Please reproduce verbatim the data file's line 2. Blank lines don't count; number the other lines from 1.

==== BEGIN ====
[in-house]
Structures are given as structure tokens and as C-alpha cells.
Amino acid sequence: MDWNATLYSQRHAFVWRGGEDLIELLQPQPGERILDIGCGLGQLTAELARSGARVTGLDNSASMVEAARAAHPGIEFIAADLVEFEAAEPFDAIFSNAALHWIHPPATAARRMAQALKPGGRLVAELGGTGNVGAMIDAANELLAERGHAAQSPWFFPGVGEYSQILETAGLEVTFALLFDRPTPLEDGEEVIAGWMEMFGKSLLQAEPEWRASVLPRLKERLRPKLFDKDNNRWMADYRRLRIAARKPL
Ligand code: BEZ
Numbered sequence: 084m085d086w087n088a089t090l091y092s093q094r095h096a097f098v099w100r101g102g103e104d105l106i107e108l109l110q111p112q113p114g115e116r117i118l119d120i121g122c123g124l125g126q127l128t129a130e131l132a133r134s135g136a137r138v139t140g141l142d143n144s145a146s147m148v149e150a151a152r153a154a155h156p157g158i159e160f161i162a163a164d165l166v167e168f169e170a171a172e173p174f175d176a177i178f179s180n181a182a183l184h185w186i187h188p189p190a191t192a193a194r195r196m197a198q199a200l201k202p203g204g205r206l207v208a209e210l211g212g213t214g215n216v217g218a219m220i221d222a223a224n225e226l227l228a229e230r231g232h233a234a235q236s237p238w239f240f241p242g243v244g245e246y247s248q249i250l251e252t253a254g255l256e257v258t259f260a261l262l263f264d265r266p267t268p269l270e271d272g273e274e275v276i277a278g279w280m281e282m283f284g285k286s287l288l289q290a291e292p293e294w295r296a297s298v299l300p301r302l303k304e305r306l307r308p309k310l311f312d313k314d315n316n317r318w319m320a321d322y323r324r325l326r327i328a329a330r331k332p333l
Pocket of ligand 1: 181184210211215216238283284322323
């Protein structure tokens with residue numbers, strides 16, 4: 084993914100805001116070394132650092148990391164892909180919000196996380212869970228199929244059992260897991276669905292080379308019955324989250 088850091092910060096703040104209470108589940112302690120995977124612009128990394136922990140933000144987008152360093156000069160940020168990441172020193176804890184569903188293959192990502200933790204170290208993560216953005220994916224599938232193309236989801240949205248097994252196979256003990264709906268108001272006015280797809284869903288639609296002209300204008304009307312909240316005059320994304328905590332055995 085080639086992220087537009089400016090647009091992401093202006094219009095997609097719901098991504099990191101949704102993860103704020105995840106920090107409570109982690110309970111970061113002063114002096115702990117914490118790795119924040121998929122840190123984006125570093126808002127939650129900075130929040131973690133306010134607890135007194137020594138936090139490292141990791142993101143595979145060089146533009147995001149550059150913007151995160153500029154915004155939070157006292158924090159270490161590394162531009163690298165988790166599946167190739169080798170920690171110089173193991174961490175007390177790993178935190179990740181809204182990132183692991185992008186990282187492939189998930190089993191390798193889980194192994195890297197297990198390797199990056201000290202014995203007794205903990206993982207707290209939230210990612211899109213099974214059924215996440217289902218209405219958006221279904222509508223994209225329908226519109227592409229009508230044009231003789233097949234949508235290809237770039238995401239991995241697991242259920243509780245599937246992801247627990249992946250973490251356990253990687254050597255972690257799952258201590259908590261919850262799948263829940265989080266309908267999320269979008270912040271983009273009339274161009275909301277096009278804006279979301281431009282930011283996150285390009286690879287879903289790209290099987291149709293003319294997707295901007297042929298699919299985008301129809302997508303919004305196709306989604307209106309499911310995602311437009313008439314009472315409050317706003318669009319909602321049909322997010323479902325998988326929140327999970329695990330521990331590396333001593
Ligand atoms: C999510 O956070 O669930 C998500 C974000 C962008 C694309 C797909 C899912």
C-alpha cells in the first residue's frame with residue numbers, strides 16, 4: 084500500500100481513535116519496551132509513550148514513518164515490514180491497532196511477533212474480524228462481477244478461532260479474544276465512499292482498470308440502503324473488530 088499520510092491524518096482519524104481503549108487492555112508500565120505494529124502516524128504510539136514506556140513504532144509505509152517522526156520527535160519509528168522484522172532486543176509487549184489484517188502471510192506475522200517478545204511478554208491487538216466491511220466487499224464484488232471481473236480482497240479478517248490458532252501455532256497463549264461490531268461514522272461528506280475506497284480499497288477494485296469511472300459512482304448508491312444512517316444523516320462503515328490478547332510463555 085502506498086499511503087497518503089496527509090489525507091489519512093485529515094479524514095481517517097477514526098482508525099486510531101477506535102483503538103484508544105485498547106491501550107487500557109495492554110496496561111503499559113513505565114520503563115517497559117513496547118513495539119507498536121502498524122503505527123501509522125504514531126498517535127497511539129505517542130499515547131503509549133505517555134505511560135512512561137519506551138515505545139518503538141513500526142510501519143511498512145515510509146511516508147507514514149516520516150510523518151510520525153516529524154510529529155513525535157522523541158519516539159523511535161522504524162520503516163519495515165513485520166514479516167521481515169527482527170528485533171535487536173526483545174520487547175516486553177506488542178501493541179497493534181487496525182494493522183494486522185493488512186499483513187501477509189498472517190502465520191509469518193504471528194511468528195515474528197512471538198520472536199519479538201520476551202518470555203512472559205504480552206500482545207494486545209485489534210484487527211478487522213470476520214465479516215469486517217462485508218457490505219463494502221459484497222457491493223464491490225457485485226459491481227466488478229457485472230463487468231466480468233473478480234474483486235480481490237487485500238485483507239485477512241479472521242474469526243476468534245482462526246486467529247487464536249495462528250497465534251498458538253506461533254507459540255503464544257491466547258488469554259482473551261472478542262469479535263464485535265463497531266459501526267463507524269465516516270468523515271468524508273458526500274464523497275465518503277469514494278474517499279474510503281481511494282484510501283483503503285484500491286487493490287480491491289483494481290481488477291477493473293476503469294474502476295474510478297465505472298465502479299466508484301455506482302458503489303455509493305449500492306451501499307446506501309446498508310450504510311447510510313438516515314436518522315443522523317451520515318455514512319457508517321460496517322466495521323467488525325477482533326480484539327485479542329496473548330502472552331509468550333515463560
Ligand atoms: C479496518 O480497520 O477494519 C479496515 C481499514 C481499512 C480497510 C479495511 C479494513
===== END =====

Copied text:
Structures are given as structure tokens and as C-alpha cells.